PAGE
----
Development project or political tool? : Should India be concerned as China launches a railway line near Arunachal Pradesh

China, last week on Friday, operationalized its first fully electric ‘Fuxing’ bullet train – connecting the provincial cities of Lhasa and Nyingchi in Tibet. Nyingchi, a prefecture-level city of Medog county is located just a few kilometres from the Indian state, Arunachal Pradesh. The unveiling of the Lhasa-Nyingchi section of the Sichuan-Tibet railway comes a week ahead of the centenary celebrations of the Communist Party of China, which took place on July 1st, 2021. The train has a speed of 160 kilometres per hour and will substantially bring down the travel time between many regions across the Tibetan plateau. It is designed to carry both passenger and freight and has a cargo capacity of 10 million tonnes. The new section of the Sichuan-Tibet line will connect Lhasa and Nyingchi to Chengdu, the capital of Sichuan province, and will have 9 stops along the way. The Railway line goes over 47 tunnels and 120 bridges and crosses the Brahmaputra (locally known as the Yarlung Tsangpo)River 16 times. The Sichuan-Tibet railway comes second to the initial Qinghai-Tibet Railway and will go through the southeast part of the Tibetan plateau, one of the most tectonically active areas in the world. 

Image source: Reuters

How will this benefit China?

Chinese President Xi Jinping in November asked the officials to speed up the construction pace for this project and believes that the novel railway line section would play a key role in safeguarding border stability at the LAC (Line of Actual Control). Undoubtedly, the train can help with quick and easy transportation of strategic materials in the terranes of the Tibetan plateau in case of an India-China standoff. Aided with a large passenger and freight capacity, the train is a strategic resource for Beijing and can be used for the easy transportation and deployment of PLA (People’s Liberation Army) in the region. The Director of the research department at the National Strategy Institute at Tsinghua University, Mr Qian Feng, told a newspaper that in case of an occurrence of crisis at the India-China border, the railway would prove convenient for China’s delivery of strategic materials. Although built in the name of bringing about development in the remote areas of Tibet, China surely has ulterior motives behind this move. It would not be wrong to say that perhaps, it is looking to establish a strong presence near the LAC. 

Image source: The Indian Express

China’s claims on the NorthEastern State of Arunachal Pradesh

The ongoing India-China border dispute covers areas across the 3,488-km-long Line of Actual Control (LAC), and in China’s recent claims, Arunachal Pradesh was the topic of discussion. Beijing claims that Arunachal Pradesh is a part of South Tibet, which is firmly rejected by India.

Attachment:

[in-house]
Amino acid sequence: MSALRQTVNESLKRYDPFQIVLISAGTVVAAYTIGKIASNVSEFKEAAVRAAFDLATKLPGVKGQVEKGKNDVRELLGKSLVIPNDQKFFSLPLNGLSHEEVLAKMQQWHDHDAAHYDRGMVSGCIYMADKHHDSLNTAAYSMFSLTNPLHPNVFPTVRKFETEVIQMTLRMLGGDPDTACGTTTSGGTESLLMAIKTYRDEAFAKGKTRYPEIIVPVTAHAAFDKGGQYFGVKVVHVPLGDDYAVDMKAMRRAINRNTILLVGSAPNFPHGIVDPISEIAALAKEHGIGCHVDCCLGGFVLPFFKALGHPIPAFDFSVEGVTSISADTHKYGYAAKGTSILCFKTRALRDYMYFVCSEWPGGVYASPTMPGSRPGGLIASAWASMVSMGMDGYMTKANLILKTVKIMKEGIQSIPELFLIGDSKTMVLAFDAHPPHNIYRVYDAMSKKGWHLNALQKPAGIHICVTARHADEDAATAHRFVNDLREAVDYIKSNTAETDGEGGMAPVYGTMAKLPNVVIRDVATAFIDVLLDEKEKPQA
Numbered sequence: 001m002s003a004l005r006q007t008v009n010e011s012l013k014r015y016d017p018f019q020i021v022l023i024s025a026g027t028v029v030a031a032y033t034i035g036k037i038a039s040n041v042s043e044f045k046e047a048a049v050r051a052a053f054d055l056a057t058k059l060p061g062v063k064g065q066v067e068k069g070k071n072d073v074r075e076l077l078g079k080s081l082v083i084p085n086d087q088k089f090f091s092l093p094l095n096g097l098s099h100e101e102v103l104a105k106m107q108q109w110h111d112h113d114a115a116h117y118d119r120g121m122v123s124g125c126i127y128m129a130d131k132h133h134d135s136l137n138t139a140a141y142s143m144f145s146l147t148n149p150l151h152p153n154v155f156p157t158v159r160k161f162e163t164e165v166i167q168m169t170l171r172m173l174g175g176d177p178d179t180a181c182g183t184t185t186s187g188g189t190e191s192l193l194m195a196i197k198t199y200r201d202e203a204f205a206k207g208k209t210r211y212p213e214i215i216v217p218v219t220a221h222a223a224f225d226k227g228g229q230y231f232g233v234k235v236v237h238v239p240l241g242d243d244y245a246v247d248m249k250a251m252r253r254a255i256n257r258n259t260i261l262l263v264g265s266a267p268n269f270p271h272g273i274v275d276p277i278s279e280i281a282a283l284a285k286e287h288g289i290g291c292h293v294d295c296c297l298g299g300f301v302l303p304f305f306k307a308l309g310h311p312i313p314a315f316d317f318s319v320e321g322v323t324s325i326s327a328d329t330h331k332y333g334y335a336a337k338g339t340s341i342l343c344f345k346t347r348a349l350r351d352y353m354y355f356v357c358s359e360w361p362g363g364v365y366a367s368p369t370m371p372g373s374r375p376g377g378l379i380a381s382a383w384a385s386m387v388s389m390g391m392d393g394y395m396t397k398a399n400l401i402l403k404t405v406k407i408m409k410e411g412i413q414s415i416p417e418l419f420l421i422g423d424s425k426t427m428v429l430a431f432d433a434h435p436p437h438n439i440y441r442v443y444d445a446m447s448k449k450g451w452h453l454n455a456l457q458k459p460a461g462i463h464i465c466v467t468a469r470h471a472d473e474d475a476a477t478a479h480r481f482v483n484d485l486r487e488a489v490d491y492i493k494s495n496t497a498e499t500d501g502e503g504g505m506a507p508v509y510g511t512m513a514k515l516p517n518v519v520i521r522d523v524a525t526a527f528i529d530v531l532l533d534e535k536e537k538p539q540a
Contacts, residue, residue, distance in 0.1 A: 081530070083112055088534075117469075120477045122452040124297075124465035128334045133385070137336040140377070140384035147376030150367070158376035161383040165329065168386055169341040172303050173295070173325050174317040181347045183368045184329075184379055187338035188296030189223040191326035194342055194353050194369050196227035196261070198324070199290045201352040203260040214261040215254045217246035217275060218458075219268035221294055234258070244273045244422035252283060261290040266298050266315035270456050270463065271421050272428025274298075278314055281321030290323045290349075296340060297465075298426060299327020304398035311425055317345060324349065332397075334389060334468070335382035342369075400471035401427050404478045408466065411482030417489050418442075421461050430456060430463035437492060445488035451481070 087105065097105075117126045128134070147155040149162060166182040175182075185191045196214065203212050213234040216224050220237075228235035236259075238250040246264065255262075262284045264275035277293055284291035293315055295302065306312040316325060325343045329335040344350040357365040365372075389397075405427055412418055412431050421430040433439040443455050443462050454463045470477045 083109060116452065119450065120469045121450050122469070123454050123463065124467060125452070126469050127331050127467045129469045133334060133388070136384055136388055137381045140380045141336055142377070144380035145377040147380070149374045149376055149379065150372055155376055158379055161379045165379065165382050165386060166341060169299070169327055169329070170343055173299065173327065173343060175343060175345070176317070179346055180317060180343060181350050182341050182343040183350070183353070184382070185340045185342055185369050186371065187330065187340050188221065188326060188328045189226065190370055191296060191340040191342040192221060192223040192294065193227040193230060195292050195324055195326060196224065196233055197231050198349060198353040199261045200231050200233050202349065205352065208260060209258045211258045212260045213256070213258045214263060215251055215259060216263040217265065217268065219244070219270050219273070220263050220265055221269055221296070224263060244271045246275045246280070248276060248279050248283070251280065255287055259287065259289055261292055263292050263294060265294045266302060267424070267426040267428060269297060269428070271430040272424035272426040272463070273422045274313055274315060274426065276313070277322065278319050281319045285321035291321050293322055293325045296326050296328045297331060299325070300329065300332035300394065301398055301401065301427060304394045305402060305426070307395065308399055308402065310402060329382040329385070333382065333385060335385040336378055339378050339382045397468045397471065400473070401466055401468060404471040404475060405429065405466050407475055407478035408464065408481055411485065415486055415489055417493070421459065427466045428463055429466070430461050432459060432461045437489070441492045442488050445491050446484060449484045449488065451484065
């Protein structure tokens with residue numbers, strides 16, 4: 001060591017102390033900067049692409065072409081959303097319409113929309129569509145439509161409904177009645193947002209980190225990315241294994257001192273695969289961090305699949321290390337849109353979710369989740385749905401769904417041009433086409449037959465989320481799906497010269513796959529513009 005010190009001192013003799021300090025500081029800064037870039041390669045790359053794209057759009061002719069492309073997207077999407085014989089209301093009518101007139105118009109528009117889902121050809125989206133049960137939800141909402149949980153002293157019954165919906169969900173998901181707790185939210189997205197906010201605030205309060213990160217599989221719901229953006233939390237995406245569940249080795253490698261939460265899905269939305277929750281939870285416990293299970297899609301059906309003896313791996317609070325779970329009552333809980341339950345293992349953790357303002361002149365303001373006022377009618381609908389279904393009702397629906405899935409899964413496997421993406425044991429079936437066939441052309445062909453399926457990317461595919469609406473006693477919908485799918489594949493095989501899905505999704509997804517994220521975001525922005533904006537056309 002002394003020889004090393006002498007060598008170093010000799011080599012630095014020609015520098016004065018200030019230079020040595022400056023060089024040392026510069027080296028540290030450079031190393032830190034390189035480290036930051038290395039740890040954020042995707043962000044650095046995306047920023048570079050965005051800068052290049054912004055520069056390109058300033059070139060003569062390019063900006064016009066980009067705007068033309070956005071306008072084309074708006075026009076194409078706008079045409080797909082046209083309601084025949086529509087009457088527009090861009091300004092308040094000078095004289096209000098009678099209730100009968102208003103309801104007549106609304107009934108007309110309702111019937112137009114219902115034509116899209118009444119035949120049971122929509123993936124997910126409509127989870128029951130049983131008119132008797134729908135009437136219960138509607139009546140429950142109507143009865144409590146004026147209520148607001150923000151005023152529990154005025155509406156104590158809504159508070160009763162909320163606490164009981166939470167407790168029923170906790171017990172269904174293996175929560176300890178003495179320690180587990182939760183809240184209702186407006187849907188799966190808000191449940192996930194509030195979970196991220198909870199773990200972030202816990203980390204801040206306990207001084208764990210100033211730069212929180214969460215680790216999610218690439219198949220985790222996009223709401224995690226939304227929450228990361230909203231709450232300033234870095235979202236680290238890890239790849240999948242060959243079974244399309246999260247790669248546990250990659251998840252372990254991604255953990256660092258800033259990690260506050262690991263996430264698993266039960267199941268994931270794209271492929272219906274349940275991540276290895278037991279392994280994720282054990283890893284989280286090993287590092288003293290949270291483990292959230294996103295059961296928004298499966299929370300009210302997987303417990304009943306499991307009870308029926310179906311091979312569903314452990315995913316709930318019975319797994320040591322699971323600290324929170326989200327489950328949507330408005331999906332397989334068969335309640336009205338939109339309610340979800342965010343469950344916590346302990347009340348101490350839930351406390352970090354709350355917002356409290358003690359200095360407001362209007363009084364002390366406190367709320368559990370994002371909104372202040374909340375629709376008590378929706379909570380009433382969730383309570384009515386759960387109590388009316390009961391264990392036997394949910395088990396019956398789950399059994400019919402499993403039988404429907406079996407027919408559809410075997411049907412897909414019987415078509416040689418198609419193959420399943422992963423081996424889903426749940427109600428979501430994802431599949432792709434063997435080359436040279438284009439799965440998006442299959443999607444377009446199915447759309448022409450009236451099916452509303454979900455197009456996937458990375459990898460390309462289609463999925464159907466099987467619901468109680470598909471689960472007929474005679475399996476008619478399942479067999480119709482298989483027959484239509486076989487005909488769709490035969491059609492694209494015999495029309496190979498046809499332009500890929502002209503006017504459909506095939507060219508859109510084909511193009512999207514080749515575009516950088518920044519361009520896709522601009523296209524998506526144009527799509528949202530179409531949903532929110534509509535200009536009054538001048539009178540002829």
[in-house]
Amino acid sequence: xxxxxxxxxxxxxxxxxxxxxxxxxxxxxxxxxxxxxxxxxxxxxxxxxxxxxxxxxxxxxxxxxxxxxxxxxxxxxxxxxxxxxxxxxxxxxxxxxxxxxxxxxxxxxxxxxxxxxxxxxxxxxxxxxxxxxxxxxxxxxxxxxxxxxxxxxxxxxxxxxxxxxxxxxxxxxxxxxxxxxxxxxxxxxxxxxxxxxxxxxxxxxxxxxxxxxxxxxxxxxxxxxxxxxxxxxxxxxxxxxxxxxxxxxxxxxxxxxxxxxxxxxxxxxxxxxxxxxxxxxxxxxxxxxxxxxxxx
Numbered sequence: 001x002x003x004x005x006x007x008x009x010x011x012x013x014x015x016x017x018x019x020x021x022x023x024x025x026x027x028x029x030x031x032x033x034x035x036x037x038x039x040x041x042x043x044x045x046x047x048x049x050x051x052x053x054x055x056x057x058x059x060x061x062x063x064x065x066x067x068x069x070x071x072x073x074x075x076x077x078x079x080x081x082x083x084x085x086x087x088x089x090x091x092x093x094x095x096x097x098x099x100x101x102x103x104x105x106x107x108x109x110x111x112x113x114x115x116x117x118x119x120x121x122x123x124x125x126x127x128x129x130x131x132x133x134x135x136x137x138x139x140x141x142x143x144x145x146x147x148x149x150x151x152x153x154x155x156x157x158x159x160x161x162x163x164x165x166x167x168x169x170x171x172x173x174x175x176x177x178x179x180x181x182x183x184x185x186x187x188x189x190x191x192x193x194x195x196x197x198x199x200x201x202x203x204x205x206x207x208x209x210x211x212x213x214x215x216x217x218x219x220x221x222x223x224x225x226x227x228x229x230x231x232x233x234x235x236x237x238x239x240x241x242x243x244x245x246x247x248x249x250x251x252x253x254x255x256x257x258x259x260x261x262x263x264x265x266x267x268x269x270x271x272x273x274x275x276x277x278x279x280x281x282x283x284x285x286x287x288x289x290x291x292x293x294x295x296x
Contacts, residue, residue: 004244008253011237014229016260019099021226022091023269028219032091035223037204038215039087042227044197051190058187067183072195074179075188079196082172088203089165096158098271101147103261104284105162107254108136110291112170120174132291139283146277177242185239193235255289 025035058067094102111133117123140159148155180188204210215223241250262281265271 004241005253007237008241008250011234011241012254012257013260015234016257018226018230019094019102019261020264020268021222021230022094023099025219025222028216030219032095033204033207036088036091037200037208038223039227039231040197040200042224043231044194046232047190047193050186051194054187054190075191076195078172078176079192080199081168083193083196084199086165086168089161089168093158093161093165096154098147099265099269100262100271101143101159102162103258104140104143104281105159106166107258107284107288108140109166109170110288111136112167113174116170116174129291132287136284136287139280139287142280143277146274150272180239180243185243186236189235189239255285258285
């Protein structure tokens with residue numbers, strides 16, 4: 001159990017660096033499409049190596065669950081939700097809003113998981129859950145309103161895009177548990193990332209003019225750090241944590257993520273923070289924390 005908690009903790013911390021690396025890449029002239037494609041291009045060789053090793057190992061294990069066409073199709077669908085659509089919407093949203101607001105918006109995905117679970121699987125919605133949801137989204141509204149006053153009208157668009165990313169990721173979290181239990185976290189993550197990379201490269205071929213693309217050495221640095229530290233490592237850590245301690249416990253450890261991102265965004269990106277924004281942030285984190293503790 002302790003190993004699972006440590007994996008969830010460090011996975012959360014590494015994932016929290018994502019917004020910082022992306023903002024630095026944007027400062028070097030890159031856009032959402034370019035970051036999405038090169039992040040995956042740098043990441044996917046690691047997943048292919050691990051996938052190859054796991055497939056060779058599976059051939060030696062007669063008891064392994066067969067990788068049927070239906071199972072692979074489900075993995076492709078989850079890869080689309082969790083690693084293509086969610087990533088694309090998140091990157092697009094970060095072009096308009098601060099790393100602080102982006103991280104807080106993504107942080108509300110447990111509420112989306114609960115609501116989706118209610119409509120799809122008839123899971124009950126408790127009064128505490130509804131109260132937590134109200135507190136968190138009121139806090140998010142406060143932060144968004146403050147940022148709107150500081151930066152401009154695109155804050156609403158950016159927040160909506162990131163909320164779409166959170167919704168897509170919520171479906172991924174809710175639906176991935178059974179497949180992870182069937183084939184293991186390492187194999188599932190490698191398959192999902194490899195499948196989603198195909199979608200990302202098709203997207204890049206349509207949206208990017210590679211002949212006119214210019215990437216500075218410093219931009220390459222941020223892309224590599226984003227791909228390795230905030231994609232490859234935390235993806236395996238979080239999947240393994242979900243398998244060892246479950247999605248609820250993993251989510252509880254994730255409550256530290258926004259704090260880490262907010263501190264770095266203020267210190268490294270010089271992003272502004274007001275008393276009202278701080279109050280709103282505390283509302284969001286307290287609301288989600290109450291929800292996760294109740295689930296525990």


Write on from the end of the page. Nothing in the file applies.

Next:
Should India be concerned?

Due to its (railway line’s) proximity to Arunachal Pradesh, India is following any developments in the area with a keen eye. China concluding its railway line so close to the Indian state near the LAC raises red flags for many Indian strategic thinkers, but, the Indian Army is confident that there is no reason for real concern as India has been building military infrastructure that would help in neutralizing any incoming threats. While China has inaugurated a new train track, India has simultaneously started operations at a Rafale fighter squadron in Hashimara, in West Bengal. Squadrons of Sukhoi-30MKI have been moved to Hashimara, Chabua, and Tezpur in recent years. A Rafale squadron with 5 jets has also joined. With this move from India, we can assume that there is a state of power balance in the region. If Beijing deploys PLA troops on the Arunachal Pradesh border, India could intercept it and immediately disrupt any suspicious movement. 

China’s activities at India’s borders need to be closely monitored. In recent years, we have seen rising Chinese aggression at the borders, with the Doklam standoff in 2017, and Galwan valley aggression in 2020. China’s unpredictable behaviour and outlandish political claims call for India to be more vigilant in the area.

With China gradually moving closer to India, we need to look out for any possible threats in the future – and deploy resources to neutralize threats before they turn fatal.

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The views and opinions expressed in this article are those of the author and do not necessarily reflect the views of The Kootneeti Team

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Kritika Sharma

Kritika Sharma is a Journalism Intern at The Kootneeti.

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